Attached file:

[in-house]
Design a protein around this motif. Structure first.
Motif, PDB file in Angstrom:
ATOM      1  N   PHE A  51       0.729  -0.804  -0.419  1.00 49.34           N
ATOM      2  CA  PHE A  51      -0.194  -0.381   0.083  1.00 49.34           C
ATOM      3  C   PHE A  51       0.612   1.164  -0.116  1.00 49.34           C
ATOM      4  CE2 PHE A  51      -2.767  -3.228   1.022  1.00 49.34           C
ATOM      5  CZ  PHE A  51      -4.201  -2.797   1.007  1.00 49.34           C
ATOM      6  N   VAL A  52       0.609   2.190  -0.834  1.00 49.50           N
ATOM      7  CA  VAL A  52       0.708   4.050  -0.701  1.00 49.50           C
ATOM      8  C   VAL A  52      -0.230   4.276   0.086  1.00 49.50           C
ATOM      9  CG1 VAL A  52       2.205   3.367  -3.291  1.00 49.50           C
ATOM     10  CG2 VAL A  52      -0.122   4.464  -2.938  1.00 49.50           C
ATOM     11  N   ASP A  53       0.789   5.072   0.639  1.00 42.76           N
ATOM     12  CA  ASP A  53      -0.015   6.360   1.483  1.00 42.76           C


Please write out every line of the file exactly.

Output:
[in-house]
Design a protein around this motif. Structure first.
Motif, PDB file in Angstrom:
ATOM      1  N   PHE A  51       0.729  -0.804  -0.419  1.00 49.34           N
ATOM      2  CA  PHE A  51      -0.194  -0.381   0.083  1.00 49.34           C
ATOM      3  C   PHE A  51       0.612   1.164  -0.116  1.00 49.34           C
ATOM      4  CE2 PHE A  51      -2.767  -3.228   1.022  1.00 49.34           C
ATOM      5  CZ  PHE A  51      -4.201  -2.797   1.007  1.00 49.34           C
ATOM      6  N   VAL A  52       0.609   2.190  -0.834  1.00 49.50           N
ATOM      7  CA  VAL A  52       0.708   4.050  -0.701  1.00 49.50           C
ATOM      8  C   VAL A  52      -0.230   4.276   0.086  1.00 49.50           C
ATOM      9  CG1 VAL A  52       2.205   3.367  -3.291  1.00 49.50           C
ATOM     10  CG2 VAL A  52      -0.122   4.464  -2.938  1.00 49.50           C
ATOM     11  N   ASP A  53       0.789   5.072   0.639  1.00 42.76           N
ATOM     12  CA  ASP A  53      -0.015   6.360   1.483  1.00 42.76           C